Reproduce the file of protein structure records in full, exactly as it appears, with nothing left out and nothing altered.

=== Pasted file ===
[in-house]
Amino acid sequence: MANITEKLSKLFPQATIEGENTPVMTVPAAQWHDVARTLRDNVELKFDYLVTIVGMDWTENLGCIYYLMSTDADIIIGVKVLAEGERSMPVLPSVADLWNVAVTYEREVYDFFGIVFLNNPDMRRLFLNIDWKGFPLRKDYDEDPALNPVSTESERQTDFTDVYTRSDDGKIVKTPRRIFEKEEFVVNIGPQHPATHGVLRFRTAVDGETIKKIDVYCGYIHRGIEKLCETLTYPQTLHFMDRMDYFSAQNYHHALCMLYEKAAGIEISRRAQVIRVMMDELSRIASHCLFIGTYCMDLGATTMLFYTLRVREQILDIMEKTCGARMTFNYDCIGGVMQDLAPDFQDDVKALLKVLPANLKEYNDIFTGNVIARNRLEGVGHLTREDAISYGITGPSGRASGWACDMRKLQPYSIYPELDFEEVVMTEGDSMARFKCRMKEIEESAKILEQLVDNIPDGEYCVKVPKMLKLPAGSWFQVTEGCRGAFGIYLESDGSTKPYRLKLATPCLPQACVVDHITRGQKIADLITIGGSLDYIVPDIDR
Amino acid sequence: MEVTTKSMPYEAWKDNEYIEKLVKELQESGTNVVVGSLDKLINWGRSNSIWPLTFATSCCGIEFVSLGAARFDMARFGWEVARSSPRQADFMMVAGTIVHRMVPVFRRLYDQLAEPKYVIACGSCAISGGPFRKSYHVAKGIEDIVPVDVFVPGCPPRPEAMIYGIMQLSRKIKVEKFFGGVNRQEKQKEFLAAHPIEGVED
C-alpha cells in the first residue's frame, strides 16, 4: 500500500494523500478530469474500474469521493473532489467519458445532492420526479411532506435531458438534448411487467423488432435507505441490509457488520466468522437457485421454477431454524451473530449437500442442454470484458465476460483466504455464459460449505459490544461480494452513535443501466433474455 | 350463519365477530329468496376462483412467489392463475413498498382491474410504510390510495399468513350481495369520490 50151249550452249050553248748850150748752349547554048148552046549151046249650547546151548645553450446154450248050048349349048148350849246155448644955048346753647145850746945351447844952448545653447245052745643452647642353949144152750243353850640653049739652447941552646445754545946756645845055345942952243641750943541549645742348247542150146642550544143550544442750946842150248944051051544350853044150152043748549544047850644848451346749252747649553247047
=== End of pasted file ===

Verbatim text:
[in-house]
Amino acid sequence: MANITEKLSKLFPQATIEGENTPVMTVPAAQWHDVARTLRDNVELKFDYLVTIVGMDWTENLGCIYYLMSTDADIIIGVKVLAEGERSMPVLPSVADLWNVAVTYEREVYDFFGIVFLNNPDMRRLFLNIDWKGFPLRKDYDEDPALNPVSTESERQTDFTDVYTRSDDGKIVKTPRRIFEKEEFVVNIGPQHPATHGVLRFRTAVDGETIKKIDVYCGYIHRGIEKLCETLTYPQTLHFMDRMDYFSAQNYHHALCMLYEKAAGIEISRRAQVIRVMMDELSRIASHCLFIGTYCMDLGATTMLFYTLRVREQILDIMEKTCGARMTFNYDCIGGVMQDLAPDFQDDVKALLKVLPANLKEYNDIFTGNVIARNRLEGVGHLTREDAISYGITGPSGRASGWACDMRKLQPYSIYPELDFEEVVMTEGDSMARFKCRMKEIEESAKILEQLVDNIPDGEYCVKVPKMLKLPAGSWFQVTEGCRGAFGIYLESDGSTKPYRLKLATPCLPQACVVDHITRGQKIADLITIGGSLDYIVPDIDR
Amino acid sequence: MEVTTKSMPYEAWKDNEYIEKLVKELQESGTNVVVGSLDKLINWGRSNSIWPLTFATSCCGIEFVSLGAARFDMARFGWEVARSSPRQADFMMVAGTIVHRMVPVFRRLYDQLAEPKYVIACGSCAISGGPFRKSYHVAKGIEDIVPVDVFVPGCPPRPEAMIYGIMQLSRKIKVEKFFGGVNRQEKQKEFLAAHPIEGVED
C-alpha cells in the first residue's frame, strides 16, 4: 500500500494523500478530469474500474469521493473532489467519458445532492420526479411532506435531458438534448411487467423488432435507505441490509457488520466468522437457485421454477431454524451473530449437500442442454470484458465476460483466504455464459460449505459490544461480494452513535443501466433474455 | 350463519365477530329468496376462483412467489392463475413498498382491474410504510390510495399468513350481495369520490 50151249550452249050553248748850150748752349547554048148552046549151046249650547546151548645553450446154450248050048349349048148350849246155448644955048346753647145850746945351447844952448545653447245052745643452647642353949144152750243353850640653049739652447941552646445754545946756645845055345942952243641750943541549645742348247542150146642550544143550544442750946842150248944051051544350853044150152043748549544047850644848451346749252747649553247047